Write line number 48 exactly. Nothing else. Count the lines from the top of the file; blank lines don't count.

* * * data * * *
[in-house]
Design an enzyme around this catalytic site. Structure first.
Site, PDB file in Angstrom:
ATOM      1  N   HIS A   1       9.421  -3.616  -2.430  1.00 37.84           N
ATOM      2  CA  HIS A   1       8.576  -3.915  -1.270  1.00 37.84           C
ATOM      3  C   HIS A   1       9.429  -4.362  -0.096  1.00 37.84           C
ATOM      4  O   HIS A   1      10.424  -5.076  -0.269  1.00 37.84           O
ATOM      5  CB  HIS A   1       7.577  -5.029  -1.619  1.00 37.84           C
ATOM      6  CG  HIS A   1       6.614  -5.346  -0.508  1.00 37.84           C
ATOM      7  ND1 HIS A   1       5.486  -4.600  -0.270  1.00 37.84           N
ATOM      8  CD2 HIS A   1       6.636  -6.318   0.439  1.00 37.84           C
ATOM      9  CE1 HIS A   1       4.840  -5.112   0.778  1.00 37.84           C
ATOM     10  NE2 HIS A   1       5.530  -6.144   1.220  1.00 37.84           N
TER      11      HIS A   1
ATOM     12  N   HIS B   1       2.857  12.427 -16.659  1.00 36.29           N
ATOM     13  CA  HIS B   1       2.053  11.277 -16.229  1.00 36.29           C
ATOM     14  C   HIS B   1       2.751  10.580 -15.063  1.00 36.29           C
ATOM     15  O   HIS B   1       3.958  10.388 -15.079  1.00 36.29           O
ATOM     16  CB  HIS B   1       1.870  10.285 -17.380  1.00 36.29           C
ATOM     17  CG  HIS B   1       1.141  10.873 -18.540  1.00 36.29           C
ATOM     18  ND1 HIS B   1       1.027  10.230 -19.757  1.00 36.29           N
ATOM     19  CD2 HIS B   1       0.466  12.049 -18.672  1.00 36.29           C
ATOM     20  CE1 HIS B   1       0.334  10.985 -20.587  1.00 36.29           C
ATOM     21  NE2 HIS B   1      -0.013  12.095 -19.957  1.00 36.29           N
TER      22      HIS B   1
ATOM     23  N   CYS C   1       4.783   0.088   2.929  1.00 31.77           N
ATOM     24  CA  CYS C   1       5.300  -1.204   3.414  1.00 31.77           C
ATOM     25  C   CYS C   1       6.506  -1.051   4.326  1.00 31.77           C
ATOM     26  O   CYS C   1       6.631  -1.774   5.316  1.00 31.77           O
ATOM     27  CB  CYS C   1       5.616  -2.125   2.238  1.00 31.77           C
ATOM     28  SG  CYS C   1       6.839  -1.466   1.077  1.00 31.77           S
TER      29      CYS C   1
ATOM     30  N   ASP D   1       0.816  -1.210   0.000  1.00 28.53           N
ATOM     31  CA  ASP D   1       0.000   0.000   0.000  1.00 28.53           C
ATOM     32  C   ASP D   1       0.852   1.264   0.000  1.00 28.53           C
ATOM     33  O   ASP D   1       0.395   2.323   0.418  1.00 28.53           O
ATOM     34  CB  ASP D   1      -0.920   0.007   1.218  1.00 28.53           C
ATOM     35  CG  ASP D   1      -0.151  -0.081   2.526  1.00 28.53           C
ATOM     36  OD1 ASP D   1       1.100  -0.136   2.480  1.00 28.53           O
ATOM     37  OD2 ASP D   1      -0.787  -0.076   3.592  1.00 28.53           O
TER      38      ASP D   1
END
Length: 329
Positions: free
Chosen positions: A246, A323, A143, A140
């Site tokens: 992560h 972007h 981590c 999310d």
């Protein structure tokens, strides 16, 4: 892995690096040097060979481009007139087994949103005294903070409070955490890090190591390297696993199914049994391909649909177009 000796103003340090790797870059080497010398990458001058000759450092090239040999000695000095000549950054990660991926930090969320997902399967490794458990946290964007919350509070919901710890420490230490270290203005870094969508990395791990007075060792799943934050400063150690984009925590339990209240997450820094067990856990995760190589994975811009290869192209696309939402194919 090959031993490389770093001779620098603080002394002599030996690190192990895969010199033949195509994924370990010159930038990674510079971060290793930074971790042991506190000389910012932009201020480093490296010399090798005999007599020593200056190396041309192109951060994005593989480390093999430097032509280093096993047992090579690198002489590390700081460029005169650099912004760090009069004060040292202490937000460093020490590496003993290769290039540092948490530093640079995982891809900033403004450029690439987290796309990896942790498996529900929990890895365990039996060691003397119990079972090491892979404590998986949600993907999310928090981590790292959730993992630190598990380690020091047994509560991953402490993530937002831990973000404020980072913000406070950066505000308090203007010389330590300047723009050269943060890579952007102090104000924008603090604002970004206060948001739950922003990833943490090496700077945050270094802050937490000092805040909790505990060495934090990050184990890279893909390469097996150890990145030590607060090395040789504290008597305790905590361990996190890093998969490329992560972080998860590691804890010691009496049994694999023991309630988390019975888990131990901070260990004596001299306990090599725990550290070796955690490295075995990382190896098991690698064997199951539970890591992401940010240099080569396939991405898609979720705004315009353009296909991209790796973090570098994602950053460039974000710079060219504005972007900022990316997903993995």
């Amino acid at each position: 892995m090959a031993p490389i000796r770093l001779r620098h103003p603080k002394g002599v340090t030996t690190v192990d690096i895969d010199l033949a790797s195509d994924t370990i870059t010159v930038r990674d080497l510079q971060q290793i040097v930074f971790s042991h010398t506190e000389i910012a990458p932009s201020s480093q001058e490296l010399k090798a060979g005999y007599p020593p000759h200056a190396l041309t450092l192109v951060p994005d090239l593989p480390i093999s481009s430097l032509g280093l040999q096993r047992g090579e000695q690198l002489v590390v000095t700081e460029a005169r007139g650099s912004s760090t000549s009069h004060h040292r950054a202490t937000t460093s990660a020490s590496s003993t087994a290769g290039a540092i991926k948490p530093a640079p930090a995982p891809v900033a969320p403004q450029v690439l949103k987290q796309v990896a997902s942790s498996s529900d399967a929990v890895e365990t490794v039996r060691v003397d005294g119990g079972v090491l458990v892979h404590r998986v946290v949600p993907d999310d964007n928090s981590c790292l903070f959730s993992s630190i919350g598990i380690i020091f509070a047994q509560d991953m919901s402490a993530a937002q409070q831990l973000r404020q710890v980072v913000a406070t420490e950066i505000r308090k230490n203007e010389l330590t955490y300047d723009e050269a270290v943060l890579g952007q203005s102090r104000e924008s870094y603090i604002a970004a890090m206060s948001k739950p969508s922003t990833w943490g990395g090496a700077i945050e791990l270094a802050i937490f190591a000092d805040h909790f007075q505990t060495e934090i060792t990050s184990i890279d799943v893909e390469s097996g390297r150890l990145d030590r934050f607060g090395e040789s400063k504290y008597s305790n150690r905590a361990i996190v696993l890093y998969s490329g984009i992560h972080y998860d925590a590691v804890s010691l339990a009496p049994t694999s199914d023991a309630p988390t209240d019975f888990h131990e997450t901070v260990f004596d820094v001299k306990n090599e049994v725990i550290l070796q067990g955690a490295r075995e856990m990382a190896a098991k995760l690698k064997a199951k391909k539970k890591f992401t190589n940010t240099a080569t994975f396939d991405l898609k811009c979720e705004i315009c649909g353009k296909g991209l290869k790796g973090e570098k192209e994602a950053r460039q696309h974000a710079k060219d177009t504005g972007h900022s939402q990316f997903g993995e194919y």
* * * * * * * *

């Amino acid at each position: 892995m090959a031993p490389i000796r770093l001779r620098h103003p603080k002394g002599v340090t030996t690190v192990d690096i895969d010199l033949a790797s195509d994924t370990i870059t010159v930038r990674d080497l510079q971060q290793i040097v930074f971790s042991h010398t506190e000389i910012a990458p932009s201020s480093q001058e490296l010399k090798a060979g005999y007599p020593p000759h200056a190396l041309t450092l192109v951060p994005d090239l593989p480390i093999s481009s430097l032509g280093l040999q096993r047992g090579e000695q690198l002489v590390v000095t700081e460029a005169r007139g650099s912004s760090t000549s009069h004060h040292r950054a202490t937000t460093s990660a020490s590496s003993t087994a290769g290039a540092i991926k948490p530093a640079p930090a995982p891809v900033a969320p403004q450029v690439l949103k987290q796309v990896a997902s942790s498996s529900d399967a929990v890895e365990t490794v039996r060691v003397d005294g119990g079972v090491l458990v892979h404590r998986v946290v949600p993907d999310d964007n928090s981590c790292l903070f959730s993992s630190i919350g598990i380690i020091f509070a047994q509560d991953m919901s402490a993530a937002q409070q831990l973000r404020q710890v980072v913000a406070t420490e950066i505000r308090k230490n203007e010389l330590t955490y300047d723009e050269a270290v943060l890579g952007q203005s102090r104000e924008s870094y603090i604002a970004a890090m206060s948001k739950p969508s922003t990833w943490g990395g090496a700077i945050e791990l270094a802050i937490f190591a000092d805040h909790f007075q505990t060495e934090i060792t990050s184990i890279d799943v893909e390469s097996g390297r150890l990145d030590r934050f607060g090395e040789s400063k504290y008597s305790n150690r905590a361990i996190v696993l890093y998969s490329g984009i992560h972080y998860d925590a590691v804890s010691l339990a009496p049994t694999s199914d023991a309630p988390t209240d019975f888990h131990e997450t901070v260990f004596d820094v001299k306990n090599e049994v725990i550290l070796q067990g955690a490295r075995e856990m990382a190896a098991k995760l690698k064997a199951k391909k539970k890591f992401t190589n940010t240099a080569t994975f396939d991405l898609k811009c979720e705004i315009c649909g353009k296909g991209l290869k790796g973090e570098k192209e994602a950053r460039q696309h974000a710079k060219d177009t504005g972007h900022s939402q990316f997903g993995e194919y």